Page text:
Witnesses piece British teenager's last hours
A Briton has claimed that he saw Scarlette Keeling — the 15-year-old British girl who was found dead on a Goa beach on February 18 — less than two hours before she was found dead.
The witness, requesting anonymity, said that he fled Goa because he believed his life was in danger. The details he has now revealed make him a crucial witness in the case.
The Briton also accused British consular officials of not providing any help or protection. “I’m trying to do the right thing; I want to co-operate,” he said. “But I feel that I am in great danger and the British authorities are doing nothing to help me.”
The witness, who is in touch with Scarlette’s mother Fiona MacKeown’s lawyer, said that he was at Lui's bar from 8 pm on February 17 till about 5 am the following day. He drank a beer and several glasses of juice but no more alcohol since he was on antibiotics.
He first saw Scarlette when she fell over on the beach in front of Lui’s at about 3 am and was helped into the bar by the owner. She told the handful of staff and customers that she had no money to get a taxi home but did not appear to be in a hurry. “She was wasted and talking gibberish. I told people to stay away from her because she was clearly very young.” She told the witness later that she had taken three drops of LSD, two Ecstasy pills and cocaine.
Shortly after entering Lui's, Scarlette went into the kitchen for an hour, talking and taking cocaine with some men. At about 5 am, one of the men offered Scarlette a lift and left with her. When the witness noticed that a barman from Lui’s also left, he went to the car park behind the bar to take a look. The Briton said that he saw the man who had offered Scarlette the lift riding away on his scooter alone and, in the beam of the vehicle’s headlight, he saw the barman “lying on top” of Scarlette.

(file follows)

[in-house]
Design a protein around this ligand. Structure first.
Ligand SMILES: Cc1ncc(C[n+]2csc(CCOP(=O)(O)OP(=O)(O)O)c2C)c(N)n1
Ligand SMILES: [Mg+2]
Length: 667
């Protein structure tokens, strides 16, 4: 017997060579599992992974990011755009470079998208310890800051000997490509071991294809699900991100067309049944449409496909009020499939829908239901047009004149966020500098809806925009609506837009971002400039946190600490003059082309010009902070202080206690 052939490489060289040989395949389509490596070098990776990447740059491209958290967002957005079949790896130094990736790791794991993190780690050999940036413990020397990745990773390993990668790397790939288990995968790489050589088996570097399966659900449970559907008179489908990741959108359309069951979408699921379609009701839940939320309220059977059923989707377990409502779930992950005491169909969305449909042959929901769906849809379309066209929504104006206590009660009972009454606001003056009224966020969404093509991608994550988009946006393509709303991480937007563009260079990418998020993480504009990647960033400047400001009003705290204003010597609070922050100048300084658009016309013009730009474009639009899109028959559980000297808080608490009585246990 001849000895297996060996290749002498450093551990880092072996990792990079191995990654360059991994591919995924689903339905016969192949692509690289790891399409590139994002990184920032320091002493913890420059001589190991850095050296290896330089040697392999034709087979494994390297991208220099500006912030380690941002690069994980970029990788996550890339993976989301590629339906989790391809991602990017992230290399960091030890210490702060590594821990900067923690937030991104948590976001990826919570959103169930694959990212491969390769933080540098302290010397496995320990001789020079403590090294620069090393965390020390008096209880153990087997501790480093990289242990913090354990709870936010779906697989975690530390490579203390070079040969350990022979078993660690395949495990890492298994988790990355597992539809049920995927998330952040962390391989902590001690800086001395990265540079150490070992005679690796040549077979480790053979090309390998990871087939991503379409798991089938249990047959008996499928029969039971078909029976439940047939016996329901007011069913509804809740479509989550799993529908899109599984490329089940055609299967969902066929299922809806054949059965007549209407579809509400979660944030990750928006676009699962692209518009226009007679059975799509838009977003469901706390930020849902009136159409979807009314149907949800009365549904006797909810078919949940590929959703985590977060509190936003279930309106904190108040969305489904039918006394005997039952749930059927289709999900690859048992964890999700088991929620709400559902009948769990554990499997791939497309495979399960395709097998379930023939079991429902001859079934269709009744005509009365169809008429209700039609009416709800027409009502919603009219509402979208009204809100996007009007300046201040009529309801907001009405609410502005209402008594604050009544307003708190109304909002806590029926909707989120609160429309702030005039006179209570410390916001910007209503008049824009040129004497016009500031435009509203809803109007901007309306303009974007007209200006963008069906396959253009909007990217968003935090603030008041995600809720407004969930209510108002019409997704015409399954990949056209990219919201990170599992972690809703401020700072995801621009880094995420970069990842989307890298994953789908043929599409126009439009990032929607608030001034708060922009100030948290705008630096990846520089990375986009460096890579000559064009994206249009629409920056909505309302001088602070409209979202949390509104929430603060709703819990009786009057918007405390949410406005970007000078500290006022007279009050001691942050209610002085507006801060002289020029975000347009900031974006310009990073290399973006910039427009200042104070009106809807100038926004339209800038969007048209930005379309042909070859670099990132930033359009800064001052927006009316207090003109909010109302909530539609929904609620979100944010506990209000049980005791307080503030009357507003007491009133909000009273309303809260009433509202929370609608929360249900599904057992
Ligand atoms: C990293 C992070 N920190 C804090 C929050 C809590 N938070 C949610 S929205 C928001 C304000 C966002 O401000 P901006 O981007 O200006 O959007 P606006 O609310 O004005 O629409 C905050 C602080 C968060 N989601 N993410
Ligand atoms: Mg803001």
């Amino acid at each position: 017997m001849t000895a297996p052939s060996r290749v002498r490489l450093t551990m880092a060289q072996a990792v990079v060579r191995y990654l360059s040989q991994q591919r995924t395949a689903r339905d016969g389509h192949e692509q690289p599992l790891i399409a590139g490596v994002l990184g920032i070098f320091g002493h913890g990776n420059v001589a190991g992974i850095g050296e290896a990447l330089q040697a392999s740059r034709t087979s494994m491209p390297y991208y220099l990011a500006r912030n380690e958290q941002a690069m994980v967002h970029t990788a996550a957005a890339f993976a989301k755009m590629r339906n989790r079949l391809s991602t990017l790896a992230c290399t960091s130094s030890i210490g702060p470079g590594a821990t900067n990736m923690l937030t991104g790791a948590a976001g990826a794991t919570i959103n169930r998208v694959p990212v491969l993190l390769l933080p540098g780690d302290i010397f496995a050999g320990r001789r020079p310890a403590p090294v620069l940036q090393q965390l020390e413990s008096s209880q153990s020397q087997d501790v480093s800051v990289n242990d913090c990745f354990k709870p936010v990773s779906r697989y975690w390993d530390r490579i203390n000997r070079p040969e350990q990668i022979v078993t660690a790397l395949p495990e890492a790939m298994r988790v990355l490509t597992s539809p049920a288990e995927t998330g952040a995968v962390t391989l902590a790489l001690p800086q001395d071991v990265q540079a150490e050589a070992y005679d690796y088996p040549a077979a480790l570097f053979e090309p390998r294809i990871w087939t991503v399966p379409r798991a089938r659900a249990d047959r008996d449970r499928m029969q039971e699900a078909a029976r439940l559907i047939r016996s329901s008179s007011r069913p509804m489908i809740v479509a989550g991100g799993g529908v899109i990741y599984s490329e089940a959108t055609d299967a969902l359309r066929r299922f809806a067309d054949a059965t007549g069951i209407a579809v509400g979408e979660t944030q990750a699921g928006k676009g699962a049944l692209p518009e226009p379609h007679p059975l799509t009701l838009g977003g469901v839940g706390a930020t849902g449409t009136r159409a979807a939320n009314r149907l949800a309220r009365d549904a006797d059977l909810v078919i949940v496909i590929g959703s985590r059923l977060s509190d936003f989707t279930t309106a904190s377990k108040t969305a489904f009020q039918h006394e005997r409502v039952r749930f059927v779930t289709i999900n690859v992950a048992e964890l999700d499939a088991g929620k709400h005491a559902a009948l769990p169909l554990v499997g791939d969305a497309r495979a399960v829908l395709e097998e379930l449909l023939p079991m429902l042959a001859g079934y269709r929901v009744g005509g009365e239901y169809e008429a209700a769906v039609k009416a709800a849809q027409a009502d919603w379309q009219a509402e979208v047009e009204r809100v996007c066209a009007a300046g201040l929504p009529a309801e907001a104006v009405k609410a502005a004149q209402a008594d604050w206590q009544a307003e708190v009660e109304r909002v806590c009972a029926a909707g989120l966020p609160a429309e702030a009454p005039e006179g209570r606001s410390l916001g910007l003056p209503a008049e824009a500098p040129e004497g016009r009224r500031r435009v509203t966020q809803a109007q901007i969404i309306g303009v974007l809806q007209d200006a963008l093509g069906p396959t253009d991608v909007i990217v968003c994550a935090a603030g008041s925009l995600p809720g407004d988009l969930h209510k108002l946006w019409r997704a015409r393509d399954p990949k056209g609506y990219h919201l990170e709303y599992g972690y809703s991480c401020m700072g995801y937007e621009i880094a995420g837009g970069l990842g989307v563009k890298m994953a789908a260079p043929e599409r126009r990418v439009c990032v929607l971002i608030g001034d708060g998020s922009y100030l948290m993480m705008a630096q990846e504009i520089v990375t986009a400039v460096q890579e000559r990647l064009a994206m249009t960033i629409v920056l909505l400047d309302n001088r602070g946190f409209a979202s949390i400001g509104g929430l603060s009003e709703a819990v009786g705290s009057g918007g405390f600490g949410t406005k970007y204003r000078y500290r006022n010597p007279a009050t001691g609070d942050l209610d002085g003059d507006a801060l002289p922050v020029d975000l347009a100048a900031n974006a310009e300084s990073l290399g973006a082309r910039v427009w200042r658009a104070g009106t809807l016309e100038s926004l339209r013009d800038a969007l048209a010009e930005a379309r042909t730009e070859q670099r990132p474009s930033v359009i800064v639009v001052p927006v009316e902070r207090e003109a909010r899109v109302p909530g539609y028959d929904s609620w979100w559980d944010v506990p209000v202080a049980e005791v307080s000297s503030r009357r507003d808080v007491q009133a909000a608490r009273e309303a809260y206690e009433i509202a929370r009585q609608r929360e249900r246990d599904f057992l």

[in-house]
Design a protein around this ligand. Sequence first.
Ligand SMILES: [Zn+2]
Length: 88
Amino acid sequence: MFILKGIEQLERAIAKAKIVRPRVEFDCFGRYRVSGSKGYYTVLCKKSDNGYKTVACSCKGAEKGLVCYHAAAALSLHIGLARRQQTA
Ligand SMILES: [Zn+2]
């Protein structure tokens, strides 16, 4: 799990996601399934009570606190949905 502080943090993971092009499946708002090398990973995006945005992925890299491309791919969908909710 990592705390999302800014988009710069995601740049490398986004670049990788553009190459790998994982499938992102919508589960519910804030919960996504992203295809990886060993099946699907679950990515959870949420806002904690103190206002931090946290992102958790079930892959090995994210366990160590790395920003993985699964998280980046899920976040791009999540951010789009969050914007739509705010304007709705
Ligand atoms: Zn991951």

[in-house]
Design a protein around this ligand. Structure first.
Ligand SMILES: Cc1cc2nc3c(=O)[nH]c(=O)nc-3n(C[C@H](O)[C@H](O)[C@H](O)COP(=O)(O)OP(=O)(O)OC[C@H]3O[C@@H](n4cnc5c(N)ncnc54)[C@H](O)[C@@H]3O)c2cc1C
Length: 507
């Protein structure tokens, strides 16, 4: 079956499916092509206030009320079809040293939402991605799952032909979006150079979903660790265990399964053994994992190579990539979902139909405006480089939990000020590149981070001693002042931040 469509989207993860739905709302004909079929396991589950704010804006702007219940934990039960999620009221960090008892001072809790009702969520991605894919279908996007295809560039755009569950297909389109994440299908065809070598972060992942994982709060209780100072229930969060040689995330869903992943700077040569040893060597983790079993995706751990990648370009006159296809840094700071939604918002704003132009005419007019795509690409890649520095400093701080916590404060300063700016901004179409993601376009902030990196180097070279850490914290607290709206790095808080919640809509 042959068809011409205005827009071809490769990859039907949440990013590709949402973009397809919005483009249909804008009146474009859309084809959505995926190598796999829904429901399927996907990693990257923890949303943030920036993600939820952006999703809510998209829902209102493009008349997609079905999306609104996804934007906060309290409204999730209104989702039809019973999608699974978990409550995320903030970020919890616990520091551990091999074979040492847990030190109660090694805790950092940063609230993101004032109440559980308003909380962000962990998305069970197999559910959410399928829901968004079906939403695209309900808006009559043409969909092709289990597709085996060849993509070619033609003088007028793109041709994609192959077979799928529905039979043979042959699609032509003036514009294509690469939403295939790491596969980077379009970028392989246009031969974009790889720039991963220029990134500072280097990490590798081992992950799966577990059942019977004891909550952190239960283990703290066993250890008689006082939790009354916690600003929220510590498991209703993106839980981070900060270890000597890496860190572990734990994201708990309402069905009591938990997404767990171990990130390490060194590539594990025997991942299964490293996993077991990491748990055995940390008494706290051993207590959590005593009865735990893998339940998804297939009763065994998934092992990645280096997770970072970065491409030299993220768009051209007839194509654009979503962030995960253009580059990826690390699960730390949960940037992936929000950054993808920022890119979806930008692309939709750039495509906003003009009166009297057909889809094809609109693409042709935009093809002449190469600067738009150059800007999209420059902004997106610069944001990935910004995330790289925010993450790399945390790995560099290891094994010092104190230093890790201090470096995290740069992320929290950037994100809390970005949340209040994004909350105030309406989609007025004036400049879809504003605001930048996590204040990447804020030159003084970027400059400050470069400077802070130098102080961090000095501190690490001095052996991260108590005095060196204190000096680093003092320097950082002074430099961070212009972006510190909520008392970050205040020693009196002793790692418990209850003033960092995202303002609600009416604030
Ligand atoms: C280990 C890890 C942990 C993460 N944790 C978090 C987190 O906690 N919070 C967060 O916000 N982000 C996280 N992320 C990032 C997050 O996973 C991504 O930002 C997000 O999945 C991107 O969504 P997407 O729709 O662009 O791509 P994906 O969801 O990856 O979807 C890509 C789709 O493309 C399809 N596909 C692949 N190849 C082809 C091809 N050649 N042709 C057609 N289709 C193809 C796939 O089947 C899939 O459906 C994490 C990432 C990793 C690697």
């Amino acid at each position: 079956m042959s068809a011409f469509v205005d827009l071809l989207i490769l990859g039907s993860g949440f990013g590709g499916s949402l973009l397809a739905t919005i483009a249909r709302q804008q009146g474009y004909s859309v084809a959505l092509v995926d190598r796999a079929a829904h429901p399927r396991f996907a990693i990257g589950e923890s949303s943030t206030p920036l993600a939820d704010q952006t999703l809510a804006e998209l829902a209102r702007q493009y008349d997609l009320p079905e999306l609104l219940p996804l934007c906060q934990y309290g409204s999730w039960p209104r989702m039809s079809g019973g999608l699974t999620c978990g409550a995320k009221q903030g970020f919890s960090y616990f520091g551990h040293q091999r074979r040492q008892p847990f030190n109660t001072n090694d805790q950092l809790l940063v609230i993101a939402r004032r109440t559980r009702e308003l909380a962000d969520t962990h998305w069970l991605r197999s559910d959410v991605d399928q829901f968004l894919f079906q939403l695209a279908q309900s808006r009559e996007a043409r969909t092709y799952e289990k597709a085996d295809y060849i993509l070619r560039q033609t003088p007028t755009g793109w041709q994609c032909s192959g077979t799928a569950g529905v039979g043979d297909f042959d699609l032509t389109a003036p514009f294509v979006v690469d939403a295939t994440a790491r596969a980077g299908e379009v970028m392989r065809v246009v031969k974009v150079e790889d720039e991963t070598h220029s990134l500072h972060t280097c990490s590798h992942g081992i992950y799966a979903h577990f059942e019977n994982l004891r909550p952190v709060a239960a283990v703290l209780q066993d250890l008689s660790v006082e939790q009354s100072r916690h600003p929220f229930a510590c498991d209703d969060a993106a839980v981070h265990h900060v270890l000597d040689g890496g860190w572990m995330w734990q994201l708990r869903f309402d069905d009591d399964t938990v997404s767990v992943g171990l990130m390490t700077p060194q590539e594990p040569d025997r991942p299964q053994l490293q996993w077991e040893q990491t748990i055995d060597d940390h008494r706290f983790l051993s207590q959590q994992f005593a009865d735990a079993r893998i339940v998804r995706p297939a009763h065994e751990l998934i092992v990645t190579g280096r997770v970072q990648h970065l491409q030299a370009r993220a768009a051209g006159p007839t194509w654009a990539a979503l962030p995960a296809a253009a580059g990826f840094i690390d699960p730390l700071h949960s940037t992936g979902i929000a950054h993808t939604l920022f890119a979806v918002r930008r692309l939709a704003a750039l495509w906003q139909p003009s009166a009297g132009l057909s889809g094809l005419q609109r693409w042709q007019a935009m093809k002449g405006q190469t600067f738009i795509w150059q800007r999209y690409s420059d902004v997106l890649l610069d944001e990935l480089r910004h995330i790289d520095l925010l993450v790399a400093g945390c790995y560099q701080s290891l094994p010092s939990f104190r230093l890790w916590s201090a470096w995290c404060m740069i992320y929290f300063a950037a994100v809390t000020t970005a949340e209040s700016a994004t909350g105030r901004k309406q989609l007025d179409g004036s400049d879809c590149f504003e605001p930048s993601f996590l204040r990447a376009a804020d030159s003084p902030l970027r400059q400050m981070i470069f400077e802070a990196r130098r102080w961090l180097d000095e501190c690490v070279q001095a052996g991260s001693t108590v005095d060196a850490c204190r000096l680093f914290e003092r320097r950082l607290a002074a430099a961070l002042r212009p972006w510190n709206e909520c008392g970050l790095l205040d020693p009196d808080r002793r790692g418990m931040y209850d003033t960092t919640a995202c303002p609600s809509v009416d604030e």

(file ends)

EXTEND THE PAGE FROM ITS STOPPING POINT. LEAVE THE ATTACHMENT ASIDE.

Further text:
The witness said that he got on his own scooter and shouted at the barman as he drove off but did not intervene because he did not hear screaming or an signs of struggle. He did not inform the police immediately because he was afraid of recriminations from the assailant or corrupt officers.
When he heard that the police were looking for him, he telephoned the British Deputy High Commissioner but was told that officials could not interfere in judicial matters. He was given the details of two lawyers. The Foreign and Commonwealth Office declined to comment on why it had been unable to offer more assistance.